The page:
If he hadn’t lost the first game, world chess champion Garry Kasparov says, a false sense of security might have gotten him in trouble in last week’s historic man-versus-machine chess match against a massively parallel IBM SP supercomputer. On Saturday, Kasparov won the final game to take a 4-2 match victory over Deep Blue, when the computer conceded after 43 moves and three hours and 45 minutes of play.
At a panel last week about the next fifty years of computing, the director of the Cornell University Theory Center, physicist Malvin H. Kalos, said the evenly divided match shows "we are on the cusp" of what increasingly powerful computers can do. "In the past, no computer could beat the best human chess player. Now, the computer can play as well as the best human. Within the decade, no human will be able to beat a computer." Kalos added, "Humans with the tools will do much better than humans without the tools."
Kalos directs a national supercomputing facility at Cornell that houses a more elaborate version of the IBM SP supercomputer with 512 processors. He and other computer scientists took the opportunity on ENIAC’s 50th birthday last week to reflect on the past fifty years of computing innovation and to speculate on the next fifty. [ENIAC was the first general purpose electronic computer – see the URL below. -Geoff] "Fifty years ago, no one could have come anywhere close to predicting where computers are now. Just what’s in my laptop in power and memory was inconceivable back then. The transistor hadn’t even been invented, and to imagine millions of them on a chip just was not possible." Within fifty years, Kalos envisions adequate computing power and memory for a "personal brain clone," a computer so powerful it can simulate the human brain and learn along with its human counterpart.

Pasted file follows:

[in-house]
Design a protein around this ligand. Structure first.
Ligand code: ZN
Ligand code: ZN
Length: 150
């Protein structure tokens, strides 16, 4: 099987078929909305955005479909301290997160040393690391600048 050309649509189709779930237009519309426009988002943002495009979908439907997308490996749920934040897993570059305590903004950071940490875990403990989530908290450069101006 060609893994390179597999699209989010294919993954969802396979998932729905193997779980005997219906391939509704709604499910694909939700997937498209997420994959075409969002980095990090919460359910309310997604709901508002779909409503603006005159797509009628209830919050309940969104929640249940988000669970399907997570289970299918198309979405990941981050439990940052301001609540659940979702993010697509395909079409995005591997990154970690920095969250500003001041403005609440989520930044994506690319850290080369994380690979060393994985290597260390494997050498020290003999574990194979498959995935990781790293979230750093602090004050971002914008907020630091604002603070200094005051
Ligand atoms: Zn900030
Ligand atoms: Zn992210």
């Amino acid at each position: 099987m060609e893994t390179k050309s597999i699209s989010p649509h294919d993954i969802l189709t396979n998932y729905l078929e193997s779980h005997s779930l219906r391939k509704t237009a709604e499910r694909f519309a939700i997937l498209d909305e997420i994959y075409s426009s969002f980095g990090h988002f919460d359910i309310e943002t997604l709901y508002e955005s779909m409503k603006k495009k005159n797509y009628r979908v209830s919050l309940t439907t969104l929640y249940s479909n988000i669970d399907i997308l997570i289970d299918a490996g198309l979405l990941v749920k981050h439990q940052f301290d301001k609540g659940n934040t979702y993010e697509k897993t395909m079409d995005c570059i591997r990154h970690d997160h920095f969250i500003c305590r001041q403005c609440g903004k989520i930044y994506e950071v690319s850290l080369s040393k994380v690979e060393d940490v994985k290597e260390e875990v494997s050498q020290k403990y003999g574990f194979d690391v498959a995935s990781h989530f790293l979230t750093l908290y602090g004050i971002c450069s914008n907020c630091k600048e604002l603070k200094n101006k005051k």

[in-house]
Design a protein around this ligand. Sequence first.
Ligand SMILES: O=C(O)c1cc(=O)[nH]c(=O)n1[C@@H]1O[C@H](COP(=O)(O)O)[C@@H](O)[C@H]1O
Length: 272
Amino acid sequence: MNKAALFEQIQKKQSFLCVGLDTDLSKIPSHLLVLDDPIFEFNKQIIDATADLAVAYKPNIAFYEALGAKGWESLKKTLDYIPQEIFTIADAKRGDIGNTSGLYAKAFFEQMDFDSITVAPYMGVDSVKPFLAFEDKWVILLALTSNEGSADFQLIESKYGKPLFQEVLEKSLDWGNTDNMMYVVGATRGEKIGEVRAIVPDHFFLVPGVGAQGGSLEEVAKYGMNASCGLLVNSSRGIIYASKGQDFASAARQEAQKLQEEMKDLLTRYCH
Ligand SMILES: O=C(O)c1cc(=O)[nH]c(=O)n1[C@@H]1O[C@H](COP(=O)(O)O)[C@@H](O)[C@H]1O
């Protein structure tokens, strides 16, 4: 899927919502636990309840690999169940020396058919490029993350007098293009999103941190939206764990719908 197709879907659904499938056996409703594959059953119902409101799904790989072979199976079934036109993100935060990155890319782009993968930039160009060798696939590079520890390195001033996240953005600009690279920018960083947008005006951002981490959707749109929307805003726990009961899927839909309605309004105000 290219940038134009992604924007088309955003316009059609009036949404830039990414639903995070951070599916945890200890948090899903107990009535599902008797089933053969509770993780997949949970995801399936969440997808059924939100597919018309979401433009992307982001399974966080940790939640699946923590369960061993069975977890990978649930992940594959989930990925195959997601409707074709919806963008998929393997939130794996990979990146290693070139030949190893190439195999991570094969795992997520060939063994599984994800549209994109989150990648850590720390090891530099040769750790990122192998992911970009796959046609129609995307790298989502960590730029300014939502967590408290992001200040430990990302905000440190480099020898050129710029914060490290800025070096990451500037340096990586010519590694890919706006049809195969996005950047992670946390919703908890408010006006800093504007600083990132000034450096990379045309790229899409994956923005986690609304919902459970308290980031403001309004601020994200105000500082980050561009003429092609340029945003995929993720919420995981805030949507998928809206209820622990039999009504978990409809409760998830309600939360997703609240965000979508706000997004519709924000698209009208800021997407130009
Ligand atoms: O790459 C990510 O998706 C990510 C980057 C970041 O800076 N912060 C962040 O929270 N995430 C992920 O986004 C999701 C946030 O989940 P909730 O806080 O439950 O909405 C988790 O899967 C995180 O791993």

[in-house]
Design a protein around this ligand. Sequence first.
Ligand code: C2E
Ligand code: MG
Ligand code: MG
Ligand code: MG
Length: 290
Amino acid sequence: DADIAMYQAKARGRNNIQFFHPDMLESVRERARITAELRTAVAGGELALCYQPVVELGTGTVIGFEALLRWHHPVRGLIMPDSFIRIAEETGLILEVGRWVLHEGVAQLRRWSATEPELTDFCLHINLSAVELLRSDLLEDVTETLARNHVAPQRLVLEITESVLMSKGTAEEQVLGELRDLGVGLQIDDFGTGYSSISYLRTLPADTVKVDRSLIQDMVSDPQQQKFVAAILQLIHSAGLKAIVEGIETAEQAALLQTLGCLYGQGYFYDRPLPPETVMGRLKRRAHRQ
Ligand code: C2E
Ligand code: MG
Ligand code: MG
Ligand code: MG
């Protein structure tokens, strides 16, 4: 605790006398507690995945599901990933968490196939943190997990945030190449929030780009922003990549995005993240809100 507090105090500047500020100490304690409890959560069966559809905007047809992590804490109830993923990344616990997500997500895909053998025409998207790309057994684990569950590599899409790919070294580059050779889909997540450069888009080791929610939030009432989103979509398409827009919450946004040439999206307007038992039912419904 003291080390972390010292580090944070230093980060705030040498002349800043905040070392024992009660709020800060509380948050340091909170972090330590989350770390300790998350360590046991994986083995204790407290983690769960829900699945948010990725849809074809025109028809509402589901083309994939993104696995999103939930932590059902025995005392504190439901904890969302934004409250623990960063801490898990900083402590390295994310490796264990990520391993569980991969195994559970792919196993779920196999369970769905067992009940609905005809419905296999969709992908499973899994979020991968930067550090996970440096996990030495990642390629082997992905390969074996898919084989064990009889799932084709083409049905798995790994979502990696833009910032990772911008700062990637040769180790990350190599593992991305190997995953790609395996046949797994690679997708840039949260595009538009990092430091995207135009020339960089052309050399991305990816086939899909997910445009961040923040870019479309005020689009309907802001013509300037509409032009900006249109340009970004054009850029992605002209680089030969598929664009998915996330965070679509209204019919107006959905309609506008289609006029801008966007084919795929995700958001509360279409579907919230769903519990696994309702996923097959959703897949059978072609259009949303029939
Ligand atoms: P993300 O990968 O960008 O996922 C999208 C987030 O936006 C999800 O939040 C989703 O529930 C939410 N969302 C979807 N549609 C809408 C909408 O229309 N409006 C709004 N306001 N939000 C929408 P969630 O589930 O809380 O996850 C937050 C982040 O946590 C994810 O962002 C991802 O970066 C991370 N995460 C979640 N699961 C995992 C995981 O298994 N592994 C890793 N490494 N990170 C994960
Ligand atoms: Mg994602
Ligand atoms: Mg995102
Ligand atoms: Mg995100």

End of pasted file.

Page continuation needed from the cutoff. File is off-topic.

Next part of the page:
The last several days have unearthed ironic quotes from the likes of IBM chairman Thomas Watson, who reportedly commented in 1943, "I think there is a world market for maybe five computers," and Digital Equipment Corporation founder Ken Olson, who in 1977 expressed his doubts, "There is no reason anyone would want a computer in their home," just as a new company, Apple Computer, began to prove him wrong.
Cornell’s Theory Center uses its 512-processor supercomputer (in fact one of only a handful in the world, but that’s not what Watson meant) to help solve Grand Challenge problems. These are worldwide conundrums identified by the federal government as requiring high-performance computing capabilities for solution. The system is funded primarily by Cornell, IBM, New York State, and the National Science Foundation, and is used by scientists in such areas as astrophysics, environmental science, biochemistry, and medical technology – when it’s not playing chess.
Kasparov, needing only a draw to win the match, played his last game with apparent determination to trounce Deep Blue and its ability to compute more than 200 million operations a second.